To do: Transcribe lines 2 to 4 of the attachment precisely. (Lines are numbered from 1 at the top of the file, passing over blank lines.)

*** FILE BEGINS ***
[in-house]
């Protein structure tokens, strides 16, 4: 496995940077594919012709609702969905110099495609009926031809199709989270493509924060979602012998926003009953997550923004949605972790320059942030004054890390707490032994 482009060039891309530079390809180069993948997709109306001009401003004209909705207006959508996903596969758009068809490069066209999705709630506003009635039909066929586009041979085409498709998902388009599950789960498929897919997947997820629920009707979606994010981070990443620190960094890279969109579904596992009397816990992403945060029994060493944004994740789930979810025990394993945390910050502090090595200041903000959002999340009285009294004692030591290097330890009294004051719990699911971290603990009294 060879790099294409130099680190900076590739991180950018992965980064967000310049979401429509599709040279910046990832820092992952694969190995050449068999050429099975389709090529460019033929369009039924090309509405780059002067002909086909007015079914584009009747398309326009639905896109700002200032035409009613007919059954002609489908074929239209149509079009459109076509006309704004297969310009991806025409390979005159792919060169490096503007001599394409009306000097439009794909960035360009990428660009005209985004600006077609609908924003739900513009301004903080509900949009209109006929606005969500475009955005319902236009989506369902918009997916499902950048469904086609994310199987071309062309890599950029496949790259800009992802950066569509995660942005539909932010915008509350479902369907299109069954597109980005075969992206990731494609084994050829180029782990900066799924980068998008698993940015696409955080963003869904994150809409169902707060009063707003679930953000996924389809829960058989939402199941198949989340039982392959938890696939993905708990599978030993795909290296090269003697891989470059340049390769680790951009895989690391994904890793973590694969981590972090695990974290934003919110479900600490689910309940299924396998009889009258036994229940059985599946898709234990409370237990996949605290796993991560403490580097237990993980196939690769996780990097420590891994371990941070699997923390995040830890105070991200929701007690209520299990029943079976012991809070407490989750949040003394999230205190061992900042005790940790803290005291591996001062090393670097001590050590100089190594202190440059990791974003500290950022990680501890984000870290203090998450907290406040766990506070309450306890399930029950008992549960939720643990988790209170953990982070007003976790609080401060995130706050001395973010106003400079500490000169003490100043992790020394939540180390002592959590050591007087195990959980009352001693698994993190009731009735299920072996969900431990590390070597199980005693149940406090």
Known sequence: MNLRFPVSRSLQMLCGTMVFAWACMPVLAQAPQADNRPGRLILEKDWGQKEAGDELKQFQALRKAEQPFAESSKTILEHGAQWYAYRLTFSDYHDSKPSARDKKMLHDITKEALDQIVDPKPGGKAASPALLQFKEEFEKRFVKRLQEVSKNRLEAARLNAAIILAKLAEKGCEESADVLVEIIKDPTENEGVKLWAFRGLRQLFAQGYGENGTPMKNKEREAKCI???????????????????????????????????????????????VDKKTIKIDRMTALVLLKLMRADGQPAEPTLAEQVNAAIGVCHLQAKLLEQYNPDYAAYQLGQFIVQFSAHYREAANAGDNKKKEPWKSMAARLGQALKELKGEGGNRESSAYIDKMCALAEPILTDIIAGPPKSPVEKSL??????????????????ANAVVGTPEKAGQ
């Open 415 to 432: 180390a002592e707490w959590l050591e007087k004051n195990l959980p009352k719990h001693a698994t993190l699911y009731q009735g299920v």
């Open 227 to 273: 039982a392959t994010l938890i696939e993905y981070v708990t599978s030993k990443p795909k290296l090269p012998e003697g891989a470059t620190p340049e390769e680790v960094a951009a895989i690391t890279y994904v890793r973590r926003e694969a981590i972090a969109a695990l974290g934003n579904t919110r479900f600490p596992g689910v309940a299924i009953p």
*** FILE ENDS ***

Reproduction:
């Protein structure tokens, strides 16, 4: 496995940077594919012709609702969905110099495609009926031809199709989270493509924060979602012998926003009953997550923004949605972790320059942030004054890390707490032994 482009060039891309530079390809180069993948997709109306001009401003004209909705207006959508996903596969758009068809490069066209999705709630506003009635039909066929586009041979085409498709998902388009599950789960498929897919997947997820629920009707979606994010981070990443620190960094890279969109579904596992009397816990992403945060029994060493944004994740789930979810025990394993945390910050502090090595200041903000959002999340009285009294004692030591290097330890009294004051719990699911971290603990009294 060879790099294409130099680190900076590739991180950018992965980064967000310049979401429509599709040279910046990832820092992952694969190995050449068999050429099975389709090529460019033929369009039924090309509405780059002067002909086909007015079914584009009747398309326009639905896109700002200032035409009613007919059954002609489908074929239209149509079009459109076509006309704004297969310009991806025409390979005159792919060169490096503007001599394409009306000097439009794909960035360009990428660009005209985004600006077609609908924003739900513009301004903080509900949009209109006929606005969500475009955005319902236009989506369902918009997916499902950048469904086609994310199987071309062309890599950029496949790259800009992802950066569509995660942005539909932010915008509350479902369907299109069954597109980005075969992206990731494609084994050829180029782990900066799924980068998008698993940015696409955080963003869904994150809409169902707060009063707003679930953000996924389809829960058989939402199941198949989340039982392959938890696939993905708990599978030993795909290296090269003697891989470059340049390769680790951009895989690391994904890793973590694969981590972090695990974290934003919110479900600490689910309940299924396998009889009258036994229940059985599946898709234990409370237990996949605290796993991560403490580097237990993980196939690769996780990097420590891994371990941070699997923390995040830890105070991200929701007690209520299990029943079976012991809070407490989750949040003394999230205190061992900042005790940790803290005291591996001062090393670097001590050590100089190594202190440059990791974003500290950022990680501890984000870290203090998450907290406040766990506070309450306890399930029950008992549960939720643990988790209170953990982070007003976790609080401060995130706050001395973010106003400079500490000169003490100043992790020394939540180390002592959590050591007087195990959980009352001693698994993190009731009735299920072996969900431990590390070597199980005693149940406090």
Known sequence: MNLRFPVSRSLQMLCGTMVFAWACMPVLAQAPQADNRPGRLILEKDWGQKEAGDELKQFQALRKAEQPFAESSKTILEHGAQWYAYRLTFSDYHDSKPSARDKKMLHDITKEALDQIVDPKPGGKAASPALLQFKEEFEKRFVKRLQEVSKNRLEAARLNAAIILAKLAEKGCEESADVLVEIIKDPTENEGVKLWAFRGLRQLFAQGYGENGTPMKNKEREAKCI???????????????????????????????????????????????VDKKTIKIDRMTALVLLKLMRADGQPAEPTLAEQVNAAIGVCHLQAKLLEQYNPDYAAYQLGQFIVQFSAHYREAANAGDNKKKEPWKSMAARLGQALKELKGEGGNRESSAYIDKMCALAEPILTDIIAGPPKSPVEKSL??????????????????ANAVVGTPEKAGQ
């Open 415 to 432: 180390a002592e707490w959590l050591e007087k004051n195990l959980p009352k719990h001693a698994t993190l699911y009731q009735g299920v």